Back at the glade where he has hidden Kadiatu, aM!xitsa performs a routine brain scan and is suddenly hit by a virus created from Kadiatu's own brain patterns. By the time he overcomes it, Kadiatu has gone. By the time the TARDIS crew learn of this she has reached the town and is apparently attacking beRut. But in fact, beRut is the one attacking her as she has graffitied his new mural with the phrase "I AM NOT A NUMBER, I AM A FREE-WHEELING UNICYCLE". Somehow, she has overcome her genetic programming and her response to attack is no longer to kill. Free at last, she begins dancing on the beach with Roz and the others joining in. As the party ends, the Doctor spots the windmills and realises that they could have been the source of the blast, explaining the energy discharge during the earlier party. It occurs to Roz that vi!Cari might have kept a diary to cope with its isolation. She confronts S-Lioness, who confesses that her behaviour during their earlier encounter was to mask that it has vi!Cari's diary.

As Roz leaves !C-mel moves in and kidnaps her and holds her hostage along with the rest of the crew. To prevent God attacking it, !C-mel moves inside the Sphere. It admits that it is the re-engineered R-Vene and threatens to use its weapons against the several trillion inhabitants of the sphere unless the Doctor grants it asylum. The Doctor exchanges himself for all the hostages and then suggests that they link telepathically to save time. In doing so !C-mel unwitting downloads the virus Kadiatu attacked aM!xitsa with and begins to break up. Roz makes it to safety, while the Doctor falls out of the ship; only to be caught by the parachute he befriended earlier.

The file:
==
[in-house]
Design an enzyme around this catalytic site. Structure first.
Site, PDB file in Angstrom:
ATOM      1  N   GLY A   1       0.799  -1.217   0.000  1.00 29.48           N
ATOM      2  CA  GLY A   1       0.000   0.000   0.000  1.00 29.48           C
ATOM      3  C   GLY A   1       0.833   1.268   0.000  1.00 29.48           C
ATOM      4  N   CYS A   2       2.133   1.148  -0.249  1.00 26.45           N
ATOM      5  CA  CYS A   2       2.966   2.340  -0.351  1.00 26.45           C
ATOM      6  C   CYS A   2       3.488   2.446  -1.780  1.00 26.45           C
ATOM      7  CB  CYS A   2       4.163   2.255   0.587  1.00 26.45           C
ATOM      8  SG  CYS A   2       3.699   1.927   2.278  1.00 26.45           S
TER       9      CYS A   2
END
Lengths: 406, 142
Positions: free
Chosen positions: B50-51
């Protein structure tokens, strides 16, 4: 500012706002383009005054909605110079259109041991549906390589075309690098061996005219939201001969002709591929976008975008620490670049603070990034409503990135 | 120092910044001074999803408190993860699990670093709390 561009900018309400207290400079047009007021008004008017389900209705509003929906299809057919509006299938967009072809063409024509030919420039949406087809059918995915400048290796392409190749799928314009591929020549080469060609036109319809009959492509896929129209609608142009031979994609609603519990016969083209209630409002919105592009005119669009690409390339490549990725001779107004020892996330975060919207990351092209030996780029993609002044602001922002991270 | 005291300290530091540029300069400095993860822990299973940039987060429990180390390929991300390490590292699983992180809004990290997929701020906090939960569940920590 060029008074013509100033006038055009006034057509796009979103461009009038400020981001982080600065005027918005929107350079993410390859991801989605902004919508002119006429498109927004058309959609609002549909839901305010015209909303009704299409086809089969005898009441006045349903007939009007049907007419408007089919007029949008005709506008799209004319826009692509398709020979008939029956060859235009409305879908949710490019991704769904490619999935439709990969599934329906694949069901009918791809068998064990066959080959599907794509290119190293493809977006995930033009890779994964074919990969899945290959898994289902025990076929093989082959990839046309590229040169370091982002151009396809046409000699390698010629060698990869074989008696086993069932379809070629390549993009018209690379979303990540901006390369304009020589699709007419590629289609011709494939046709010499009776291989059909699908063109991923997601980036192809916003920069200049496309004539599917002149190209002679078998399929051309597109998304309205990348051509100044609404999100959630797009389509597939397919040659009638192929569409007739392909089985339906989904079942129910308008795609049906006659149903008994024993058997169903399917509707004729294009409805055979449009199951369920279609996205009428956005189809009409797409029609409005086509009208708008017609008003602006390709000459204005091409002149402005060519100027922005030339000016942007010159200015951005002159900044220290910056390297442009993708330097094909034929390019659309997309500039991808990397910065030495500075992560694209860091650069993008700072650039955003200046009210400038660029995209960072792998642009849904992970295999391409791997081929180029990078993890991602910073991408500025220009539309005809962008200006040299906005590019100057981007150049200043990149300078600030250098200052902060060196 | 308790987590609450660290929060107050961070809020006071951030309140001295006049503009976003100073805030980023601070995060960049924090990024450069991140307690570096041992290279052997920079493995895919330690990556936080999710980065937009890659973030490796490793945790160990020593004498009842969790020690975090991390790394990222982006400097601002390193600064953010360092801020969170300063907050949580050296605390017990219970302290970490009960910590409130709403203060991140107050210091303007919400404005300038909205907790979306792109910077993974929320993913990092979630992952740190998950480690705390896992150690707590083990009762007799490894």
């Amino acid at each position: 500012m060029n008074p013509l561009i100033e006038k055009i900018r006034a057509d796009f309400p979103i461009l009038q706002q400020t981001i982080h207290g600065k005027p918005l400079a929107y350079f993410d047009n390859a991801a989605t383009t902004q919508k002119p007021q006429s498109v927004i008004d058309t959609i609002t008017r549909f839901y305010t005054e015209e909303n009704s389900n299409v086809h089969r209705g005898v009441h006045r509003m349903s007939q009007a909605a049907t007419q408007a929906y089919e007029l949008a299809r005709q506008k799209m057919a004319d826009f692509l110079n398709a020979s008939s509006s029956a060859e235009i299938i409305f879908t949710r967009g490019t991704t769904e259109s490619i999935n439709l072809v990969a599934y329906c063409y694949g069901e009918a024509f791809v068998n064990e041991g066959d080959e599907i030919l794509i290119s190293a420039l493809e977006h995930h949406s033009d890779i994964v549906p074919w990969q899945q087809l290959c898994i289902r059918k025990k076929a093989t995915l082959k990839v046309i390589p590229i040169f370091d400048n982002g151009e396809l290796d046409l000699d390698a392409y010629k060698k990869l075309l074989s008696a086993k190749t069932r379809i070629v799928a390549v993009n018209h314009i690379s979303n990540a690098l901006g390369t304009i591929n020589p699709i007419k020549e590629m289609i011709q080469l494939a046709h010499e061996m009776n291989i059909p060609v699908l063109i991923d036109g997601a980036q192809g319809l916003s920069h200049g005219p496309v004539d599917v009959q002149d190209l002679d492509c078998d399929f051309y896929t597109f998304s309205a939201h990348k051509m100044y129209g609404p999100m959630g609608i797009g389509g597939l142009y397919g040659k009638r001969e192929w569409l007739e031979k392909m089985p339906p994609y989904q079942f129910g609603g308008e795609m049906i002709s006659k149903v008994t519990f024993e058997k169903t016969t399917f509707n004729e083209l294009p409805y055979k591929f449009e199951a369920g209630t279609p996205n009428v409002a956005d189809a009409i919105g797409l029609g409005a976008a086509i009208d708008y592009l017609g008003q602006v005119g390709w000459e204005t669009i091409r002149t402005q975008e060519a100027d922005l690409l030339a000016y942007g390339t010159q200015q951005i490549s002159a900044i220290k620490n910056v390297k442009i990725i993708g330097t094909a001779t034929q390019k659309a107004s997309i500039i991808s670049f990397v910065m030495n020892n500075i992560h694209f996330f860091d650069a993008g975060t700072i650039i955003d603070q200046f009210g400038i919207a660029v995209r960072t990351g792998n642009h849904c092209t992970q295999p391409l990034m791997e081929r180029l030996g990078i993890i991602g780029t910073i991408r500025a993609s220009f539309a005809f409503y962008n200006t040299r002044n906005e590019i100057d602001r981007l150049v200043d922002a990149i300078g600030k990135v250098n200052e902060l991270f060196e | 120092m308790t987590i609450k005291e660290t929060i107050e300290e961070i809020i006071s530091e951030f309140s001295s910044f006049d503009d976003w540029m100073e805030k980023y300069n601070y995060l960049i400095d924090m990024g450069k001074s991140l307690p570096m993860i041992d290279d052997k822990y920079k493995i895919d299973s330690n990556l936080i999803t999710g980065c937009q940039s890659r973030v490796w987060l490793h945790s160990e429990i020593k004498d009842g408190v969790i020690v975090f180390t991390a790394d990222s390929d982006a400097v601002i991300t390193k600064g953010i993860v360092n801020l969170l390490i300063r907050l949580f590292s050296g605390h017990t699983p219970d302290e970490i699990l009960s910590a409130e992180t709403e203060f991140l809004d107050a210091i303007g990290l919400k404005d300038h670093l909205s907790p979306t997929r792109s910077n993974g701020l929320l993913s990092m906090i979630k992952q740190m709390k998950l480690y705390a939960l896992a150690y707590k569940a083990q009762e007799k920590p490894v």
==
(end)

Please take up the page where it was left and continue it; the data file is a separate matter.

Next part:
Having read the diary, Roz confronts feLixi, who reveals that his lover who died in the war was vi!Cari's partner and he blamed the drone for her death. He convinced !C-mel that vi!Cari had found its secret and manipulated the ship into killing the drone. Roz also accuses him of slipping her the flashback drink at the party and faking affection for her in order to get close to the Doctor. He denies this and says that his feelings are genuine, but Roz simply walks away. He won't be punished for his crimes but from this moment on he will be outcast from society and no-one will speak to him. The Doctor injects Kadiatu with some Time Lord DNA that stabilises her genetic code and allows her to travel freely in time. Benny tells the Doctor about her dreams and outlines a theory of her own that she has developed; since all the Doctor's companions are linked through the TARDIS's telepathic circuits, Benny suspects that her agonising over Kadiatu's fate and eventually decision to let her live filtered through to Kadiatu's mind and helped her overcome her programming. Benny believes this was the Doctor's plan all along, but he says that they just got lucky. The crew remain on the sphere for several more days before leaving in the TARDIS, unaware that Dep is pregnant with Chris's child. Kadiatu leaves for her own travels accompanied by aM!xitsa.